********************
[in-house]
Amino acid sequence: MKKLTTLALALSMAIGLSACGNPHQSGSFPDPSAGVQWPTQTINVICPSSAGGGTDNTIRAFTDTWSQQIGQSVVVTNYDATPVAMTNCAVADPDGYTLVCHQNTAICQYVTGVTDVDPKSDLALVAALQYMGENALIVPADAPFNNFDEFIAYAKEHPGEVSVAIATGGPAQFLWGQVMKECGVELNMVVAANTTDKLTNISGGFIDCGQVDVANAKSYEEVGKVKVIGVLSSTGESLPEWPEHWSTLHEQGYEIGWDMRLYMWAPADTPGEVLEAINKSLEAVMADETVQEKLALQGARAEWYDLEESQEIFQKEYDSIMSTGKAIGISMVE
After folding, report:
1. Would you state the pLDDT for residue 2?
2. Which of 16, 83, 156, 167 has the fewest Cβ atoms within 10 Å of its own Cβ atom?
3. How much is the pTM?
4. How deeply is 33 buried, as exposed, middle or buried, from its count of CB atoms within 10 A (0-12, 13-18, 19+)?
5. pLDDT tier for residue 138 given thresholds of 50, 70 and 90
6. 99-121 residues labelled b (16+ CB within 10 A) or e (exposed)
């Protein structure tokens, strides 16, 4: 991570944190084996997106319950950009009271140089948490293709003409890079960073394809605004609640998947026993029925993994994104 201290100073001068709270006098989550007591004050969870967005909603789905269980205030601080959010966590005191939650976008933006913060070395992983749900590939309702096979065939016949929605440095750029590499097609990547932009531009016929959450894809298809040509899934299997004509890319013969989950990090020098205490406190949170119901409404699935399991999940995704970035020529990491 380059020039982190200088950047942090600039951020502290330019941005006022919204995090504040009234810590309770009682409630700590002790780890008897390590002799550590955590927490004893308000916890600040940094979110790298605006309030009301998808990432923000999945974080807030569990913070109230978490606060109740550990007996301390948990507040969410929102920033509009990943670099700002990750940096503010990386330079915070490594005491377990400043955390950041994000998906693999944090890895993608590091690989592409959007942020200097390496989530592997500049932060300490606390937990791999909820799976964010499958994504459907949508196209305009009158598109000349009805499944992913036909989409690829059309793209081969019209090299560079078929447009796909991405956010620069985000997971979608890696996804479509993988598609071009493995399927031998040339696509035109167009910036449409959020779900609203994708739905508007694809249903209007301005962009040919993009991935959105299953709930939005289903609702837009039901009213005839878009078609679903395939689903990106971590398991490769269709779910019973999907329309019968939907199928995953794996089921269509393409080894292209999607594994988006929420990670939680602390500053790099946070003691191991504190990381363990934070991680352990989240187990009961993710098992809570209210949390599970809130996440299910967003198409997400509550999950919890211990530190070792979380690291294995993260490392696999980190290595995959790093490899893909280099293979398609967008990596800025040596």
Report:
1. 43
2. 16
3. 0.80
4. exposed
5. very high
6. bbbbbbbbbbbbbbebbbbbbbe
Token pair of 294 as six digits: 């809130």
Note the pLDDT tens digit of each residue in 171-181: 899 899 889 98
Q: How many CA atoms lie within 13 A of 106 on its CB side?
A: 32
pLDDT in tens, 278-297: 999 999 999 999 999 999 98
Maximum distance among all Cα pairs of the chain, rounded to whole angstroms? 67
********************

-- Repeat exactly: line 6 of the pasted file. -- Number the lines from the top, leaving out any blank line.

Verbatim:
3. How much is the pTM?